I’m sure it’s a huge surprise to all of you, my dearest readers, but I write romance novels.
I know, usually on here I’m talking about a television show or #BenedictCumberbatch ‘s thighs, but today I decided to be different and actually talk about my process. This came to mind earlier in the week when I was trying to write a sex scene and failing miserably. It wasn’t that I didn’t want to write it, I just felt like I was retreading the same soil over and over. I mean, how many times can you write “put tab A into slot B”? Repeat. Repeat. Repeat. In case you didn’t know– this is a SERIOUS handicap for an author of erotic romance.
So how can you make your sex scenes properly smoldering? I’ve compiled a short list—
1. The sex must be essential to moving the plot forward. The difference between a romance novel and any other sort of book is that the center of the plot hinges on the relationship between your protagonists. External factors must contribute to the growth of their relationship. Sex is one of those external factors. Think about it this way– compare Titanic with Debbie Does Dallas. In Titanic, when Jack and Rose are gettin’ busy in the car, it’s sealing their relationship and essentially setting us all up for a good cry when Jack dies at the end (sorry… spoilers for all you people that have been living under a rock for the last 15 years). That relationship changes Rose’s life by giving her the strength to follow her dreams. In Debbie Does Dallas, there is no relationship. The main characters’ impetus for having sex is well… to drive them toward the next sex scene. Remember, if you want to write a memorable sex scene, go for Titanic, not Debbie Does Dallas. There has to be something at stake.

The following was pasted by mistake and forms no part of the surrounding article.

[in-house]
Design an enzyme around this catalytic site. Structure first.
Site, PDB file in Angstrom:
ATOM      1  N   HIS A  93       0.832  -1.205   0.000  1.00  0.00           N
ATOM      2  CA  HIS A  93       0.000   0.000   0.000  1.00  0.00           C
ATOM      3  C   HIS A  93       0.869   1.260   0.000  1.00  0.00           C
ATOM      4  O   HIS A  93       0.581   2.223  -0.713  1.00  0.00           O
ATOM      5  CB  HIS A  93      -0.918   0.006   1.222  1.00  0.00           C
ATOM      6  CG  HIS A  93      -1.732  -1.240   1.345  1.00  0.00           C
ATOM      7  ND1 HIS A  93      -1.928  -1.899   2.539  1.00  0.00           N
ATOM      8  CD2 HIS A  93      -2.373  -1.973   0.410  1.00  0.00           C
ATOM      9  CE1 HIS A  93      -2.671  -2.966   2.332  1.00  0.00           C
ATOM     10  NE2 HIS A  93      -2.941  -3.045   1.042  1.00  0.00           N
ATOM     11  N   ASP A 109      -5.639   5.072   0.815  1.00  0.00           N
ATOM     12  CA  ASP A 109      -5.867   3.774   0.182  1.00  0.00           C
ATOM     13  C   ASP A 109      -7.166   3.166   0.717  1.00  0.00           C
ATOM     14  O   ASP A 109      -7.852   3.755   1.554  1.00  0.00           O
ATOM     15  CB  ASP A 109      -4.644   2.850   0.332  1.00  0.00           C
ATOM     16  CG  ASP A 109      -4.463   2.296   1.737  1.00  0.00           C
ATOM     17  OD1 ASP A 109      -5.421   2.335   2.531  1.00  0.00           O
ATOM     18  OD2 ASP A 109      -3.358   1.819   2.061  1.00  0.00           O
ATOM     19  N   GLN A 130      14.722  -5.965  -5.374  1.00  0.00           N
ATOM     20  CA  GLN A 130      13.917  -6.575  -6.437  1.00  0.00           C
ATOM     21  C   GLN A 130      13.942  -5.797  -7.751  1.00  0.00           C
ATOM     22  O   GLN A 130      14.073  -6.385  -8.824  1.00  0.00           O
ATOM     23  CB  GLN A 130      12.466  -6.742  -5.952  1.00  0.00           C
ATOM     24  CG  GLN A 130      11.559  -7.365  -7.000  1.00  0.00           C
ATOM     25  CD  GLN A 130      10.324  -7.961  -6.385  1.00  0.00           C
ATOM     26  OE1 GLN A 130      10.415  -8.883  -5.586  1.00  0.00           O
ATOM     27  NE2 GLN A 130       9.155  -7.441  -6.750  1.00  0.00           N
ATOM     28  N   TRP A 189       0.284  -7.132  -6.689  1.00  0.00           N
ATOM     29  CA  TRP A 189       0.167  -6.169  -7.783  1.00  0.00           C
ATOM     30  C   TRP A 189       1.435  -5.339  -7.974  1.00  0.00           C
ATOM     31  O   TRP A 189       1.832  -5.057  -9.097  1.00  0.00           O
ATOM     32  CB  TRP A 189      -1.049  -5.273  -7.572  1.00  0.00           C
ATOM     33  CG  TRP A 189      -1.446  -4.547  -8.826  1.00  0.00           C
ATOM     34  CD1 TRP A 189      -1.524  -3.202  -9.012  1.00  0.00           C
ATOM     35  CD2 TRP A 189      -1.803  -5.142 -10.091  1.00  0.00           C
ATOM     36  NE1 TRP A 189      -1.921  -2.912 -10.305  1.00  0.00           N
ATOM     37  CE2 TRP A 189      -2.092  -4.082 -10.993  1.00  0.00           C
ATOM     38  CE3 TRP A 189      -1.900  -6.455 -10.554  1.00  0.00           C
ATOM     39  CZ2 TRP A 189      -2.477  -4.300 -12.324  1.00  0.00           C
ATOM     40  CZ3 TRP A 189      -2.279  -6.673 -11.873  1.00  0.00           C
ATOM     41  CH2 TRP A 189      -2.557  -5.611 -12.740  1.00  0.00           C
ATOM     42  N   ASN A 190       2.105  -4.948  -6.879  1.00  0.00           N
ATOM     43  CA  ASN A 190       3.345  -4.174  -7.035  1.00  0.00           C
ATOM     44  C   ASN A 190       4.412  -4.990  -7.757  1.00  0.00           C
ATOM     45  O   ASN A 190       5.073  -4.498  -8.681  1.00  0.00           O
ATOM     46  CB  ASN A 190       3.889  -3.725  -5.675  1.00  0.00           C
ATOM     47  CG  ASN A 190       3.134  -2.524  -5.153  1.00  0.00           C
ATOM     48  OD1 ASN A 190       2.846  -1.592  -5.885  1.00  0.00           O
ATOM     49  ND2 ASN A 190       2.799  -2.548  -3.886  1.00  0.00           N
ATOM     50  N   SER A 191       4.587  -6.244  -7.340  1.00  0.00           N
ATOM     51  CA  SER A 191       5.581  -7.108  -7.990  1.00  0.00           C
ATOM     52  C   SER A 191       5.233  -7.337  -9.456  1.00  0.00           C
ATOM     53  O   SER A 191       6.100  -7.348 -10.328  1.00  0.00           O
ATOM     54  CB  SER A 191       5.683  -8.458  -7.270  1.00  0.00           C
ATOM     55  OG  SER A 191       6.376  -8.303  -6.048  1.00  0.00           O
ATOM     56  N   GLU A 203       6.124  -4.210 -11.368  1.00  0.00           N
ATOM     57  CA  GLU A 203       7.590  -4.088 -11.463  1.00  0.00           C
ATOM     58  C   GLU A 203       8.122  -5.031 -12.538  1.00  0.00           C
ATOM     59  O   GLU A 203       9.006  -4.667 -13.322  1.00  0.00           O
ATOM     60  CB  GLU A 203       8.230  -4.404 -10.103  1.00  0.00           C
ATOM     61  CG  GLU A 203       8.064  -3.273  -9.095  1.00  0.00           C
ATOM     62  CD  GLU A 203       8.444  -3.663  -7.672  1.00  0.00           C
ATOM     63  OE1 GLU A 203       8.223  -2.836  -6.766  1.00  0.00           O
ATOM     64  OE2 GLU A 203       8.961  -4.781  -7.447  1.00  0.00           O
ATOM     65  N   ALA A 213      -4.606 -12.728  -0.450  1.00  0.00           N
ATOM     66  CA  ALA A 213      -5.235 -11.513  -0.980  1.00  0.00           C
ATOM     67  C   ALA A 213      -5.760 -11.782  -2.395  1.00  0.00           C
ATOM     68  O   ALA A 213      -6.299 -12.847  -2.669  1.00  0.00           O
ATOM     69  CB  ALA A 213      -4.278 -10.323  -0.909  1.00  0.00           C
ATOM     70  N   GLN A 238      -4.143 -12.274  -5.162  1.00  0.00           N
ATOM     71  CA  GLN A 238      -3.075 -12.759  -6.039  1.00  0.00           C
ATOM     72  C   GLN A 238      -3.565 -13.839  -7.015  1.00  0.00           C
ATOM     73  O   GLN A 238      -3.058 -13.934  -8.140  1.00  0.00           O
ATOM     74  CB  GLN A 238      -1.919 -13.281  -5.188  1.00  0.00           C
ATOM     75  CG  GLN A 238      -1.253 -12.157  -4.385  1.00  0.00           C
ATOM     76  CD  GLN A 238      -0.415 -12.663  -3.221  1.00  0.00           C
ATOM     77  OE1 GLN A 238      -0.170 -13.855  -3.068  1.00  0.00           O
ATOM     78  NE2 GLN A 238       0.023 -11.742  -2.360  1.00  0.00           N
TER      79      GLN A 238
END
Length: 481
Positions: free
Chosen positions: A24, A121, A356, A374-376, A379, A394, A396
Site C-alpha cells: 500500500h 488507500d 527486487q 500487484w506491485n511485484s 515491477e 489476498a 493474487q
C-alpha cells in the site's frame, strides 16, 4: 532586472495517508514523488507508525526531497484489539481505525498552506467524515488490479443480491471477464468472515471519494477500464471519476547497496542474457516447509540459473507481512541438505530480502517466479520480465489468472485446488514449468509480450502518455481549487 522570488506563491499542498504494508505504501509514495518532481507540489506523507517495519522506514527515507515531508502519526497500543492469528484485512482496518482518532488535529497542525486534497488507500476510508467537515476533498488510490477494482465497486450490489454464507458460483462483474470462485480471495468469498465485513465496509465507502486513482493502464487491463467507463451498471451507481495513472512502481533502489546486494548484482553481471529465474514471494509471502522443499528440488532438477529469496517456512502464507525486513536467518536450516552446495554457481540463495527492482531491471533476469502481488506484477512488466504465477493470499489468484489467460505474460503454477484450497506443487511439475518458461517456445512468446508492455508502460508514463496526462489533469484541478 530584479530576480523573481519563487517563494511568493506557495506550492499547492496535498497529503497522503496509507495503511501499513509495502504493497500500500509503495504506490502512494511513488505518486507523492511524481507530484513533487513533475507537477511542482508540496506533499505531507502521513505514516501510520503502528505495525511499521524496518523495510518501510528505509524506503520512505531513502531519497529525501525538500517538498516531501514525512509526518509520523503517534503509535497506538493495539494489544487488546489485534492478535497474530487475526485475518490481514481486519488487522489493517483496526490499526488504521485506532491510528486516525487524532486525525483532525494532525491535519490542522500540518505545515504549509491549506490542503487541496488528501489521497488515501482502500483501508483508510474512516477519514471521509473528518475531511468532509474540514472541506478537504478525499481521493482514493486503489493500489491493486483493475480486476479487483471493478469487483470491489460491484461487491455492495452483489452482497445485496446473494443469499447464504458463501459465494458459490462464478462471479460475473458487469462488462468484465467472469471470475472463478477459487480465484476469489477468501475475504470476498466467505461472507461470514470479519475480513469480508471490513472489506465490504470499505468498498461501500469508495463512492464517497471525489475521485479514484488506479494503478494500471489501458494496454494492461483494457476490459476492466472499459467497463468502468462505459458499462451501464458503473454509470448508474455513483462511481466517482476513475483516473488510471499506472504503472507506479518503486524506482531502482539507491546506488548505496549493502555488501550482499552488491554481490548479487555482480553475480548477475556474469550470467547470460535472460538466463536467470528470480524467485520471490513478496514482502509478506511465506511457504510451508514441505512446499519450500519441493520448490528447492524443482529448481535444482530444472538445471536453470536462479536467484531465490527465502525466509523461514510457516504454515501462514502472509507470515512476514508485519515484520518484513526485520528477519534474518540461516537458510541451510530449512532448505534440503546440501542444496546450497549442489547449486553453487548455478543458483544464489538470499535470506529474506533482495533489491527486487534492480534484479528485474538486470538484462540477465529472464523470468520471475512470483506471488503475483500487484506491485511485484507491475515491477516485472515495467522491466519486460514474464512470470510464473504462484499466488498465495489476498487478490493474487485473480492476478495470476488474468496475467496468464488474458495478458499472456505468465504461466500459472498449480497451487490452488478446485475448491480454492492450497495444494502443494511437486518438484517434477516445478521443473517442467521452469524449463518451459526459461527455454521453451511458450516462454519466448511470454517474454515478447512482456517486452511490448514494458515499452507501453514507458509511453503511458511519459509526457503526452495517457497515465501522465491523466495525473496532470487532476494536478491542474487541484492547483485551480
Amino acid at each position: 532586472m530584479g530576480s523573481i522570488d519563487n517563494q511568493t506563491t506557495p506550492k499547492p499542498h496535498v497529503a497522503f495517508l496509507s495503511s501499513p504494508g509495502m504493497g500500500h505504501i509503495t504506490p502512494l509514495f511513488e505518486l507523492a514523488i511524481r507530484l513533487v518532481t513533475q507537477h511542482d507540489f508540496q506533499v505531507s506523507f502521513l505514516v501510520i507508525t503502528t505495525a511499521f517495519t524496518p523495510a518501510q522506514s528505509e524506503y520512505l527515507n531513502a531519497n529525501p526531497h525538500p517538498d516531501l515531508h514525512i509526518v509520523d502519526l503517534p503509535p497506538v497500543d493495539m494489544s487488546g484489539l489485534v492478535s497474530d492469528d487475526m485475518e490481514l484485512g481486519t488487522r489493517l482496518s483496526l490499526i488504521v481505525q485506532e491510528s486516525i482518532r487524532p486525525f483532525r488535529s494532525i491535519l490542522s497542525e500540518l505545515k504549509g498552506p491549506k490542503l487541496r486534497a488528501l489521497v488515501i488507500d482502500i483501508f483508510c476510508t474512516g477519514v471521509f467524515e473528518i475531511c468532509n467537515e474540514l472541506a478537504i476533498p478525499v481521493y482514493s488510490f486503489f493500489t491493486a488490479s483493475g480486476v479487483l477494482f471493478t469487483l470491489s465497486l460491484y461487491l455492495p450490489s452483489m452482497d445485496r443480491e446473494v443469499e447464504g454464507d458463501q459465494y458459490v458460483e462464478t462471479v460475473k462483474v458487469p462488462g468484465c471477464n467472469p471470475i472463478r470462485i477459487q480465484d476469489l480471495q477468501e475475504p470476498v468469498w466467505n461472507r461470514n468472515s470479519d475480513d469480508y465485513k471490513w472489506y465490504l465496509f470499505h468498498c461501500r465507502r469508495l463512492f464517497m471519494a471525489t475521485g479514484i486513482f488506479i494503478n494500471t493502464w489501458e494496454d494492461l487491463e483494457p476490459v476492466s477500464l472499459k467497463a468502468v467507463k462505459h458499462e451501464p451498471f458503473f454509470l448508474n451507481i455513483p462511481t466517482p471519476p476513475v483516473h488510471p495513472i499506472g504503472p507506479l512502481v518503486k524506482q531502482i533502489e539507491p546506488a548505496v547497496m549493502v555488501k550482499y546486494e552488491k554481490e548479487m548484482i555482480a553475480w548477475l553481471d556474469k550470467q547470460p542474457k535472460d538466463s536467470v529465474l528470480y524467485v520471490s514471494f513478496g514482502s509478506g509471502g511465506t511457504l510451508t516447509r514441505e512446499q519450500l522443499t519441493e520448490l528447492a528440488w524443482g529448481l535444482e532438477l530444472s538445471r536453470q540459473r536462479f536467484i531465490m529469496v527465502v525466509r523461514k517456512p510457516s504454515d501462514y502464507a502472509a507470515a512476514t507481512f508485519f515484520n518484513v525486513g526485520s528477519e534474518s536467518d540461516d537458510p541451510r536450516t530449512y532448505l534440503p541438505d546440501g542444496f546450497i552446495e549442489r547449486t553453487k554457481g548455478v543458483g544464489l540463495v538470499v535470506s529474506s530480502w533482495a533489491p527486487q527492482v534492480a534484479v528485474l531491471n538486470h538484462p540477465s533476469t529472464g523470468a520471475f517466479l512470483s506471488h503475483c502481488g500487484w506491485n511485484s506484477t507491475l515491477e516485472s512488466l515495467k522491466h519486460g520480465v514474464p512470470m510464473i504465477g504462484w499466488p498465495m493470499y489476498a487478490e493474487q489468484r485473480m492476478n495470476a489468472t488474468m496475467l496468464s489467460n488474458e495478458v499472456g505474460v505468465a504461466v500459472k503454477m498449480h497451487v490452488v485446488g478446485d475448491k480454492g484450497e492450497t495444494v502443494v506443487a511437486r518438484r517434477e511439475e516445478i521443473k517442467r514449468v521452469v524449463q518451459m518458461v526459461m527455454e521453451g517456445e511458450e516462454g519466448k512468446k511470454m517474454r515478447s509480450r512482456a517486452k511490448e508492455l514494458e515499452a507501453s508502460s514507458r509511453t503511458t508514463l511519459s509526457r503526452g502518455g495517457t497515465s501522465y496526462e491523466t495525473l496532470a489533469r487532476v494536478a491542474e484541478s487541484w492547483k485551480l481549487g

2. Vocabulary. In my sex scenes, I tend to have a lot of inner dialogue from my POV character. It’s not all about describing the act itself, though that’s part of it. Taking a cue from Anais Nin, I always find that using decadent language sparingly adds some heat without having to say a lot. No purple prose, mind you, but words and phrases that tumble from the tongue. I always have the gravelly baritone of my muse reading aloud in my ear as I write. If it doesn’t sound good to my ear, I rephrase.
3. Coarse language should be used sparingly. Consider the mood you’re wanting to project. You want your readers to be titillated, enticed and wishing that they were the characters in the story having this magnificent experience. At no time have I ever wanted my lover to say “show me your dripping wet love hole.” Eeeewwwww…. Sex and love is beautiful, not gross. No gaping maws of love or meat daggers, please.
4. Don’t make the mistake of thinking that erotica is the same thing as pornography. They can have the same affect, but they are NOT the same thing. So here’s the Jeff Foxworthy portion of the blog post. Presenting: You might be pornography…
* If “butt blasting” is in the title of your story, you might be pornography.
* If your characters’ names are Daddy, Mom, or First Cousin, you might be pornography.
* If your book has a woman in a leash sucking a riding crop on the cover, you might be pornography.
* If your heroine is pursued, captured and ravaged by a dinosaur, you might be pornography.
Just some food for thought, kids! Happy writing!